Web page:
Heretic of The Seventh Circle
The only problem with it is that some skills you can end up using much more frequently in the field than any training supplies, of course. Horsemanship is an obvious case, but if you spend a whole lot of time out in enemy territory perception skills and the like apply too, or in a seaborn campaign, Seamanship. But then, nothing is going to be simple about this sort of thing.
That is mitigated somewhat in Crossroads by the fact that running a boat would fall under the Vehicle Ops skill, and the Water vehicles specialty, and so any training in VO would add to checks even without training in WV. (The system runs on d12+skill rank number of d6+specialty rank number of d6, with a success ladder with 4 tiers plus “critical”)
Perhaps...or while you might never use a boat or ship while in the field, you spend every moment of between-adventures downtime out on the water honing your boating skills.

Or while you'd never take a horse into a dungeon you still otherwise spend as much time with/on horses as you can, slowly increasing your riding/horsemanship skills as you go.

That wa, if-when the need does arise in the field for those skills, you got 'em.
Yep.
Yes, but the point is sometimes you have less training time than you have field use. With some skills it’s pretty consistent in a lot of situations.
This is even more true with characters who simply don't have a lot of downtime.
The training dynamic certainly works better in a game that assumes plenty of downtime.
 

Thomas Shey

Legend
Yeah, the latter can be a problem if the DM (or the players) make it so. Sadly, hard-line adventure paths (a la most of Paizo's or WotC's offerings) tend to frown on downtime; and they've become a popular type of campaign.

You don't have to have an adventure path to have that; just a setting/situation where there's a lot of intrinsic time pressure. Most campaign-quest setups for example.
 

doctorbadwolf

Heretic of The Seventh Circle
You don't have to have an adventure path to have that; just a setting/situation where there's a lot of intrinsic time pressure. Most campaign-quest setups for example.
One way to ensure that extended rests are taken is to make them the only way to get important resources back, and to provide rules and guidelines for Rivendell type “Havens” mid adventure where downtime stuff can happen with the help of allies to speed it up from normal.
 

Blades in the Dark is excellent at mechanizing downtime actions. Characters have choices to heal, train, or work on some other kind of project, and there is mechanical support more or less for resolving all of those choices. I did try to port something similar over to a b/x game that I was running, but it was a little hard because advancing outside of explicit level advancement is not really supported (there is a supplement called Old School Stylish that attempts to make b/x work with modular advancement via training). I would expect trying something similar in 5e would you would run into similar problems, especially given that 5e is concerned about game balance.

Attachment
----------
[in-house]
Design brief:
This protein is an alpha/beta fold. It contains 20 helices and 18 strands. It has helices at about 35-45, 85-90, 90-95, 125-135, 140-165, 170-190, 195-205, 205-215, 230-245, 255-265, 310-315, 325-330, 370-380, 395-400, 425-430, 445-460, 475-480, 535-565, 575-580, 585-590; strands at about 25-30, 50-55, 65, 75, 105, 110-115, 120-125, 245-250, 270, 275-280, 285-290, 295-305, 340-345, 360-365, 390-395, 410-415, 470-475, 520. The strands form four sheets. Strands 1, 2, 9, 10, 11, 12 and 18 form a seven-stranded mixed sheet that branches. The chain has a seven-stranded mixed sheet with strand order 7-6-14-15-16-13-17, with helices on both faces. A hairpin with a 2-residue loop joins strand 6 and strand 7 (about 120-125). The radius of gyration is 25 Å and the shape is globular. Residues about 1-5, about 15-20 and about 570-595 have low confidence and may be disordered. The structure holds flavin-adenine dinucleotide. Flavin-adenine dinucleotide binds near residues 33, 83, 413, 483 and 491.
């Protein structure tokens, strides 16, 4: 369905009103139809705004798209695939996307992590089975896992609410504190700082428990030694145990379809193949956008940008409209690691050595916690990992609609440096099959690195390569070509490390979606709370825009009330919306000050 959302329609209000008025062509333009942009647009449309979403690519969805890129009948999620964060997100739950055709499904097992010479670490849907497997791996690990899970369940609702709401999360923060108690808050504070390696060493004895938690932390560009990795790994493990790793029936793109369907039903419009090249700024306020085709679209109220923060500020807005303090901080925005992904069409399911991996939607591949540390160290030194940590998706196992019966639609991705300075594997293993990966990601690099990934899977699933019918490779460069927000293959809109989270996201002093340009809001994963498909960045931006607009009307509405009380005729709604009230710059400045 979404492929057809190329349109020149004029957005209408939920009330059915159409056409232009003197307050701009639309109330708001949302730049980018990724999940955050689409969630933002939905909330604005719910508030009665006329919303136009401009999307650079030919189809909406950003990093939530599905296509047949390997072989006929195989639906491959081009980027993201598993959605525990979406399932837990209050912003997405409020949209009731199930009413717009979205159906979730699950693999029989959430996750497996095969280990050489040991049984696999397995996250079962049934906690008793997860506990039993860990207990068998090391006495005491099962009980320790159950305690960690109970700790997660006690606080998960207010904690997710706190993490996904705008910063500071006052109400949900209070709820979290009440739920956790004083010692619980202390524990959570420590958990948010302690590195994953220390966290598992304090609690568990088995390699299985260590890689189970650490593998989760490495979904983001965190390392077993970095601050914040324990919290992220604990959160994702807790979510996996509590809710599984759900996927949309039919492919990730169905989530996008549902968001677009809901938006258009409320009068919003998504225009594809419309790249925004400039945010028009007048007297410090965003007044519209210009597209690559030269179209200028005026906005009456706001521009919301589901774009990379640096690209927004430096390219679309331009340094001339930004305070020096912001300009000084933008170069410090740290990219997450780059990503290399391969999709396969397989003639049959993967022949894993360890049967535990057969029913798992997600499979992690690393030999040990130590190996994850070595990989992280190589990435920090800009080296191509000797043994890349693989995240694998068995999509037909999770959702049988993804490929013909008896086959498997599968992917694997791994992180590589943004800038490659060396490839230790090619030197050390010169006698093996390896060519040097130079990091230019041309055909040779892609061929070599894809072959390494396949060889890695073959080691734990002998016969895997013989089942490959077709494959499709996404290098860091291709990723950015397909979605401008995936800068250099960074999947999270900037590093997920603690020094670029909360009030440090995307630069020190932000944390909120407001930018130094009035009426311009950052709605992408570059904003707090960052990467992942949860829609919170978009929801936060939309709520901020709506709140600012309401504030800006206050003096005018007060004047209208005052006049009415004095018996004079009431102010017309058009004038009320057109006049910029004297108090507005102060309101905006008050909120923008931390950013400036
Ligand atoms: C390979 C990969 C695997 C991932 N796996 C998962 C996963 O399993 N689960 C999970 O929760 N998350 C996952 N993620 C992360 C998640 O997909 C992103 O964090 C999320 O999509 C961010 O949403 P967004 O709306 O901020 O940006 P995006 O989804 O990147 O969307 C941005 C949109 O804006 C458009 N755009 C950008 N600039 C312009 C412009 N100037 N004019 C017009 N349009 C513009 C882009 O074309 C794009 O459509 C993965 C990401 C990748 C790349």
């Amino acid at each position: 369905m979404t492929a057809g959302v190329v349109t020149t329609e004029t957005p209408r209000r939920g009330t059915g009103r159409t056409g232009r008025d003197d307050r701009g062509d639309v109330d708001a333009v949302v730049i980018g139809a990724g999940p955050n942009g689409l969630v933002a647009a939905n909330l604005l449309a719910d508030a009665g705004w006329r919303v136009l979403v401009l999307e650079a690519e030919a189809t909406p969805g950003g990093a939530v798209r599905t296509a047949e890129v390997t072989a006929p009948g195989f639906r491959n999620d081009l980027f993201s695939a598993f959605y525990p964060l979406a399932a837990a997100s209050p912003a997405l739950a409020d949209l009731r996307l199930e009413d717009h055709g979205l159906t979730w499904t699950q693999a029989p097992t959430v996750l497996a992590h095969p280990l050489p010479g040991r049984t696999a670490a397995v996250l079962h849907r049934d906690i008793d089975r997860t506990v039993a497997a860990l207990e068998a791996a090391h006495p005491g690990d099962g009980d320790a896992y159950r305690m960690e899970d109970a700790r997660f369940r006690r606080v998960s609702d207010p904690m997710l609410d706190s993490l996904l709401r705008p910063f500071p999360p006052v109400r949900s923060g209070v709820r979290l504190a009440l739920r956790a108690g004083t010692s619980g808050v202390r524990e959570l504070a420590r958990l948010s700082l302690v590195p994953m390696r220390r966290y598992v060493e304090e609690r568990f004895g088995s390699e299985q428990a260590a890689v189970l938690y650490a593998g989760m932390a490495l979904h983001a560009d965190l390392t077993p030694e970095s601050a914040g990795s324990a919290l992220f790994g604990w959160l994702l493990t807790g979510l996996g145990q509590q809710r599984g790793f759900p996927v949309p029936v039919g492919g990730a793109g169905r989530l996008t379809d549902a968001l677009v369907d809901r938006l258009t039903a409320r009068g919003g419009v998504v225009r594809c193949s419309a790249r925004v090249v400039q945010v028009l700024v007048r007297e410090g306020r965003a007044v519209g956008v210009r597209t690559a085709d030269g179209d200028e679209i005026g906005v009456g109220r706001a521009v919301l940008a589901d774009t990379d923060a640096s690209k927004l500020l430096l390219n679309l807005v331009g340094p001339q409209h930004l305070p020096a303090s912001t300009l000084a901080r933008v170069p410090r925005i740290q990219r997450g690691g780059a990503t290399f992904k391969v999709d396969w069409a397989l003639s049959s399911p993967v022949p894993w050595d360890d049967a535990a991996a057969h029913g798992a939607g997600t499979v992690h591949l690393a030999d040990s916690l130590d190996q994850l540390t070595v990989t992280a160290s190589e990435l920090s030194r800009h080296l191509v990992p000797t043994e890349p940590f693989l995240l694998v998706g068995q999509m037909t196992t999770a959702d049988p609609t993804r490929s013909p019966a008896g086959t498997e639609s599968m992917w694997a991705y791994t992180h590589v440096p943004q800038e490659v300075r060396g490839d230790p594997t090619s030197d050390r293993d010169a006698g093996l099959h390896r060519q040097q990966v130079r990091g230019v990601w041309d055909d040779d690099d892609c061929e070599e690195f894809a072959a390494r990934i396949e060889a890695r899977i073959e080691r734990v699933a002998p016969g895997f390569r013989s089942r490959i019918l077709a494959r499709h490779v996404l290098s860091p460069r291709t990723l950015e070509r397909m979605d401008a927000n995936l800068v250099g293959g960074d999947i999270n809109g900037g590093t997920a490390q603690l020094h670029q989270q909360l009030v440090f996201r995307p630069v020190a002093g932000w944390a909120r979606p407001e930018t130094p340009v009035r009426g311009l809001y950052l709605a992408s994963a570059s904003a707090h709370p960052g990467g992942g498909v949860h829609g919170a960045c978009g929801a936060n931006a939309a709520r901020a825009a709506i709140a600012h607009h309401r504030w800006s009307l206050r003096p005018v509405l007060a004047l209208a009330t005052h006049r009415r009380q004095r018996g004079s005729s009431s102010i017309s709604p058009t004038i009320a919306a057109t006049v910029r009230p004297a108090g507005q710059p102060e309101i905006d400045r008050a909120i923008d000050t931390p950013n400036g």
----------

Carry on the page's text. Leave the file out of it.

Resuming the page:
Another way to think about "advancement" is simply through diegetic character growth. In a OSR game this is usually applied less to training than to sword and sorcery style magic items and situations. That is, you 'advance' by acquiring sometimes overpowered magic items, or items that have a benefit but also a cost.
Heroes of Myth & Legend works like this in a sense. Players define quests, accomplishment of a quest results in a boon. Every major boon received grants a level increase. So all advancement is inherently diegetic. The nature of the boon is based in the fiction and most of what you get from advancement is the boon itself. There's no 'training' per se, but a quest consisting of finding a master to teach you some specific thing is pretty natural in this system.
 

Thomas Shey

Legend
One way to ensure that extended rests are taken is to make them the only way to get important resources back, and to provide rules and guidelines for Rivendell type “Havens” mid adventure where downtime stuff can happen with the help of allies to speed it up from normal.

I wish I thought that was true, but my observation has been that any time there's any time pressure, one or more players will find any downtime unattractive unless they're actively forced to it (travel by ship, for example).
 

Lanefan

Victoria Rules
I wish I thought that was true, but my observation has been that any time there's any time pressure, one or more players will find any downtime unattractive unless they're actively forced to it (travel by ship, for example).
One of the players in the game I play in is like this: if it's not adventuring, it's not of interest.

Bugs the hell out of me, to whom downtime is often more interesting than adventuring once the characters gain enough levels and wealth (which ours have in that campaign) to be able to make a difference in the non-adventuring world.